Boeing 737 MAX airplanes parked on the tarmac at the Boeing Factory in Renton, Washington

Boeing 737 Max 8 Under Investigation Following In-Flight Incident

U.S. regulators are investigating an incident involving a Boeing 737 Max 8 operated by Southwest Airlines, which experienced a potentially hazardous “Dutch roll” while in flight. This investigation is one of two new inquiries confirmed by the Federal Aviation Administration (FAA) concerning Boeing aircraft.

The “Dutch roll” event, which causes the plane to rock side to side, occurred on May 25 during a flight from Phoenix, Arizona, to Oakland, California. The FAA reported that the aircraft regained control without injuries to those on board, but it sustained “substantial” damage. A post-flight inspection revealed significant damage to a unit providing backup power to the rudder.

Former UK accident investigator-turned-consultant Tim Atkinson commented, “Dutch roll can be unpleasant, but the 737 exhibits relatively benign characteristics. The time elapsed since the incident and the absence of airworthiness action on the fleet suggest this is a one-off, not another widespread problem for Boeing.”

In a separate issue, the FAA is also investigating potentially falsified documents used to certify titanium in Boeing planes. Boeing, which uncovered the issue, described it as “industry-wide,” involving shipments from a limited set of suppliers. Despite the falsified documentation, tests indicate the correct alloy was used. Boeing stated it is removing affected parts from planes prior to delivery and assured the in-service fleet’s safety.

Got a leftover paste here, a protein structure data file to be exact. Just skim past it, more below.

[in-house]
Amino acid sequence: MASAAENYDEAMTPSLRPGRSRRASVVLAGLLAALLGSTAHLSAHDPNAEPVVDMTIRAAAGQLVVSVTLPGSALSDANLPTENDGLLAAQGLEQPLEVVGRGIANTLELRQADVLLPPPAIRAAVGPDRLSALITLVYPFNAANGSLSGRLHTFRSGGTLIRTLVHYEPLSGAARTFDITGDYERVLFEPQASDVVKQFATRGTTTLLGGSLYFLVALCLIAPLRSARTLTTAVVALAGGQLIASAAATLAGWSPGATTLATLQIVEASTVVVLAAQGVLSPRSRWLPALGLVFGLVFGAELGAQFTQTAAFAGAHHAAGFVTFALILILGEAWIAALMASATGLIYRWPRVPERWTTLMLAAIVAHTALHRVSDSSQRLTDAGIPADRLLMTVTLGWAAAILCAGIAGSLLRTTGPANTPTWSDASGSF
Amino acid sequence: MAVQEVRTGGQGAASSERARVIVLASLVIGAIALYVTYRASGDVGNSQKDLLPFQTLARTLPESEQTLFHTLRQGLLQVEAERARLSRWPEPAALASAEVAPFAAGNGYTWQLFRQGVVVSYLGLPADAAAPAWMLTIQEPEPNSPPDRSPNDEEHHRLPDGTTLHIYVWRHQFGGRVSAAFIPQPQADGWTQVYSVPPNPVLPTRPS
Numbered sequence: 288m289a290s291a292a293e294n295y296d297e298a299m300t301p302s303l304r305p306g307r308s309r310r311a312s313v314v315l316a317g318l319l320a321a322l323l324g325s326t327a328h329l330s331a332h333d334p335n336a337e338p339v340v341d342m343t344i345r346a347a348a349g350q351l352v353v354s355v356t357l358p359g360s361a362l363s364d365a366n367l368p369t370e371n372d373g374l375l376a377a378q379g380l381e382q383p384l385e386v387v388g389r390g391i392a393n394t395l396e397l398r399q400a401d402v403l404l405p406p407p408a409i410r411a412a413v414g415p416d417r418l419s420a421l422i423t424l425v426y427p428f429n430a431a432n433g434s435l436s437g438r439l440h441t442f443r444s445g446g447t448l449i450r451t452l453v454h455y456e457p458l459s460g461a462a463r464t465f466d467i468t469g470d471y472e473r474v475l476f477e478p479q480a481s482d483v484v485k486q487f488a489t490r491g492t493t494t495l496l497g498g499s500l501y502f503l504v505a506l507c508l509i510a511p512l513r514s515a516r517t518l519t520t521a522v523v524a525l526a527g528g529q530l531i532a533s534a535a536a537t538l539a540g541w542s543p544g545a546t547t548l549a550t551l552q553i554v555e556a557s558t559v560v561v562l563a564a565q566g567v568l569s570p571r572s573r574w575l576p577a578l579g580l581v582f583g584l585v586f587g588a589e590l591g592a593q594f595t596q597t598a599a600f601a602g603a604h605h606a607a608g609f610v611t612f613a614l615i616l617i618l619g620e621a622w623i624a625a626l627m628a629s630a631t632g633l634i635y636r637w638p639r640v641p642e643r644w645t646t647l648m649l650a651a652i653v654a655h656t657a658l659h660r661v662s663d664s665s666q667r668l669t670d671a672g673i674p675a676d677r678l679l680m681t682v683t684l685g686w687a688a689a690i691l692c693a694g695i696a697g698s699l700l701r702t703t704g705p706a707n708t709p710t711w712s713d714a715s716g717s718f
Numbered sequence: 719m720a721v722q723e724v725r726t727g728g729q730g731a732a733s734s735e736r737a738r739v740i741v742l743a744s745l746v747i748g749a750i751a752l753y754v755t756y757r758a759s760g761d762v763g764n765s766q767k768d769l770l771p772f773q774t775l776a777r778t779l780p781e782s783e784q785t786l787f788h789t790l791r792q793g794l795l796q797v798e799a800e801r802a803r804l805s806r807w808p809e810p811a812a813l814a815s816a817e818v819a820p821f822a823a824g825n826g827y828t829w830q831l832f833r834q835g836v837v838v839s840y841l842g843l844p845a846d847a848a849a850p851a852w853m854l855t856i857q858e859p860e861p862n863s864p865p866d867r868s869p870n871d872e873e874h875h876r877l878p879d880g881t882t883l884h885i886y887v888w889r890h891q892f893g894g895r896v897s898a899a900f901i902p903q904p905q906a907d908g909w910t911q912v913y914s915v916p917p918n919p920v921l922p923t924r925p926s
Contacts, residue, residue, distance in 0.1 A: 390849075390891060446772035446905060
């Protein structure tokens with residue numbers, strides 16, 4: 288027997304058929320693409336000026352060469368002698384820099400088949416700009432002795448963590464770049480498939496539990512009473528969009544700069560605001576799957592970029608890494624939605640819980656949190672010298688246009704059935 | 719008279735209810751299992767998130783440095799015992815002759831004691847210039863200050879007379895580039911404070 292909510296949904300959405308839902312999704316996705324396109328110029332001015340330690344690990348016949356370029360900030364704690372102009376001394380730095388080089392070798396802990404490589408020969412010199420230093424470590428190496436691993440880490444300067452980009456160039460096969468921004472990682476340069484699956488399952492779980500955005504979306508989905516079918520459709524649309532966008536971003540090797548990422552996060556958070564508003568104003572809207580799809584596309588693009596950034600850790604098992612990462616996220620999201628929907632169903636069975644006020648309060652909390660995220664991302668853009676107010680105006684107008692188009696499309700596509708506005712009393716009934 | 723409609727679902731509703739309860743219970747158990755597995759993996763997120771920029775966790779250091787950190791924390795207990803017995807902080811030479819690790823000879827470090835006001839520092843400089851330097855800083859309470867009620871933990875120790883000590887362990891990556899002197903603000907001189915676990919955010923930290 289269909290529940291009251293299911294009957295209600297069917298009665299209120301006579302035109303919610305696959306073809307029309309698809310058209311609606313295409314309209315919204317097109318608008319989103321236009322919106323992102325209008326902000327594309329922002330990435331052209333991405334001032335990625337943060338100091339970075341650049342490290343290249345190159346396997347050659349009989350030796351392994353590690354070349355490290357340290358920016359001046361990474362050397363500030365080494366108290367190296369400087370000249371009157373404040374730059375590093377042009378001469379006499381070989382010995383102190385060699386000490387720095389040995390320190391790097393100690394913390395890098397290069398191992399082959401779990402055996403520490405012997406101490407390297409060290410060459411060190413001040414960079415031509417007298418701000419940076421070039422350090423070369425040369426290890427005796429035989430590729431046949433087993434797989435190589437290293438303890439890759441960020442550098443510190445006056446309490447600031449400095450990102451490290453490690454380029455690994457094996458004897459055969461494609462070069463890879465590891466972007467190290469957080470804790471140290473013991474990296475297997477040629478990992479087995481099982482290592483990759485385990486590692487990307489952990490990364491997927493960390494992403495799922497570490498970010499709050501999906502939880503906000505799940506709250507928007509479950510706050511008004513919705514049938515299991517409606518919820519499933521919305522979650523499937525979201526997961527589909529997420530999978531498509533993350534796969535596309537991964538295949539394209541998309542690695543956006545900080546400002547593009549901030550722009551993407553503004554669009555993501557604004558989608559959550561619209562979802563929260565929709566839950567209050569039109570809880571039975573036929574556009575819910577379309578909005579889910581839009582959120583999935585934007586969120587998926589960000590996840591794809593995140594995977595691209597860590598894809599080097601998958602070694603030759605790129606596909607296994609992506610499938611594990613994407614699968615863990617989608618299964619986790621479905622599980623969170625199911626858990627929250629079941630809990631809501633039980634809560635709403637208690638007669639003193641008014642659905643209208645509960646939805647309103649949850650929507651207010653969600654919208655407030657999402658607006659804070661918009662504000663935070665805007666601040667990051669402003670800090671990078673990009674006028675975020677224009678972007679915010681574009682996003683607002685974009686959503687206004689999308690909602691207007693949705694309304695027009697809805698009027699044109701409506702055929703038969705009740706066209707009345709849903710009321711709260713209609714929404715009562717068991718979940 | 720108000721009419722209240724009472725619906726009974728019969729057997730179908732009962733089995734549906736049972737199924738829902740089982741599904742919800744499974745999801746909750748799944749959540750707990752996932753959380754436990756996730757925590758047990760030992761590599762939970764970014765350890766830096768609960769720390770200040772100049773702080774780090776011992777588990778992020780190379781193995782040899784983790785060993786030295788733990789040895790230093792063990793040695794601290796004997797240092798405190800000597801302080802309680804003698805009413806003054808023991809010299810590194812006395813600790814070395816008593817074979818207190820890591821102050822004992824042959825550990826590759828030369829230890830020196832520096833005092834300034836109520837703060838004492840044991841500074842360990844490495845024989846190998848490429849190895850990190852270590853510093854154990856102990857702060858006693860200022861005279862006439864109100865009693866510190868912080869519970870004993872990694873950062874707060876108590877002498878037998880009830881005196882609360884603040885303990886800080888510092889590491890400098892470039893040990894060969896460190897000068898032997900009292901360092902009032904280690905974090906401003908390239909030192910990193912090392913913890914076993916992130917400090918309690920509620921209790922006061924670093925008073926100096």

A New York Times report indicated that the problem was first noticed by a supplier to Spirit AeroSystems, which alerted Boeing and Airbus. Over 1,000 tests have been conducted on the suspect parts, which were removed from production. Spirit spokesperson Joe Buccino clarified, “It is the documents that were counterfeit, not the titanium. The problem is we’ve lost traceability.”

The FAA noted that Boeing had issued a bulletin to suppliers to watch for counterfeit records and is probing the issue’s scope. Canadian transportation safety officials are collaborating with foreign regulators to address the titanium issue, ensuring compliance and safety.

These investigations come amid heightened scrutiny of Boeing’s safety record. Recent incidents, such as a panel detaching mid-flight in January, have sparked lawsuits and increased oversight. In response, Boeing has slowed production and presented the FAA with an action plan to resolve these safety concerns.

Boeing and Southwest Airlines are cooperating fully with the ongoing investigations. The outcomes will be closely monitored by industry stakeholders and safety campaigners alike.

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